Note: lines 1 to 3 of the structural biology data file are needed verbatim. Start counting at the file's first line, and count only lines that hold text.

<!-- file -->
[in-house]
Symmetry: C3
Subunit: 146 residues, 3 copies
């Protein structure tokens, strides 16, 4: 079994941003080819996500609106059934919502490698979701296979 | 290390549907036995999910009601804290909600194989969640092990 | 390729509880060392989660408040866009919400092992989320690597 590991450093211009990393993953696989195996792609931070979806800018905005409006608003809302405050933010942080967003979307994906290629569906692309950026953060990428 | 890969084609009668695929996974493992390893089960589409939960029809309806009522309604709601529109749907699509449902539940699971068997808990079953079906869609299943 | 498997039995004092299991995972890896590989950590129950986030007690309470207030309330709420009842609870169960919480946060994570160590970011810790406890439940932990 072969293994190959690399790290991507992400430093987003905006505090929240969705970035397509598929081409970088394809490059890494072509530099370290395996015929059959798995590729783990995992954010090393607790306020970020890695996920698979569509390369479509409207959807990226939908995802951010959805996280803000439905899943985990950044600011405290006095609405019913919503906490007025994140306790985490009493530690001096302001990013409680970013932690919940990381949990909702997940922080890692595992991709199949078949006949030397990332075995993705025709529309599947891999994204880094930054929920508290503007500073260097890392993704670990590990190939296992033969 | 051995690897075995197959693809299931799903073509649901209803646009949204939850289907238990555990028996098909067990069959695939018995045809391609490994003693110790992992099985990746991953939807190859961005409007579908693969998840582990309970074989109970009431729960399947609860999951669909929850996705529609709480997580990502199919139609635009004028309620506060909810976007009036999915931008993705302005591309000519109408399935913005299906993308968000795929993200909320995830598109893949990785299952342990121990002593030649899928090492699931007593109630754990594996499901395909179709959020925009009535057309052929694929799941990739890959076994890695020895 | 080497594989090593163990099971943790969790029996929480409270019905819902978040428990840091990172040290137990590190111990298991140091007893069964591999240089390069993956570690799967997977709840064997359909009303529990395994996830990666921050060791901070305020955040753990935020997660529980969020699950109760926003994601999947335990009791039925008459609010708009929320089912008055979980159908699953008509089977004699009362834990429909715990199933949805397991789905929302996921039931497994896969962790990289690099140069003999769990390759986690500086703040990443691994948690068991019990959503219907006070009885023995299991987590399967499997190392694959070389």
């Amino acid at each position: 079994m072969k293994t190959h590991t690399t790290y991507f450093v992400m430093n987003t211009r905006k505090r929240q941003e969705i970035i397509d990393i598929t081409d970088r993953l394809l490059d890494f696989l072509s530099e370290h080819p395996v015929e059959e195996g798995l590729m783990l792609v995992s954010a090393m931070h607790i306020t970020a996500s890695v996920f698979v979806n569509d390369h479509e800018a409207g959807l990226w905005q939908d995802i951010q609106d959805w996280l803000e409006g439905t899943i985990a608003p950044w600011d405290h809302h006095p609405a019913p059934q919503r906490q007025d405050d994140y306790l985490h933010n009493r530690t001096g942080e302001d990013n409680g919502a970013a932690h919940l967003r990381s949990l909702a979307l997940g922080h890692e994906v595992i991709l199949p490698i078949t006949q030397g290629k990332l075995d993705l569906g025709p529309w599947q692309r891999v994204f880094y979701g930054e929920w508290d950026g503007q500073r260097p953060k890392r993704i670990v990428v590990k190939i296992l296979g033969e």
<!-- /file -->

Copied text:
[in-house]
Symmetry: C3
Subunit: 146 residues, 3 copies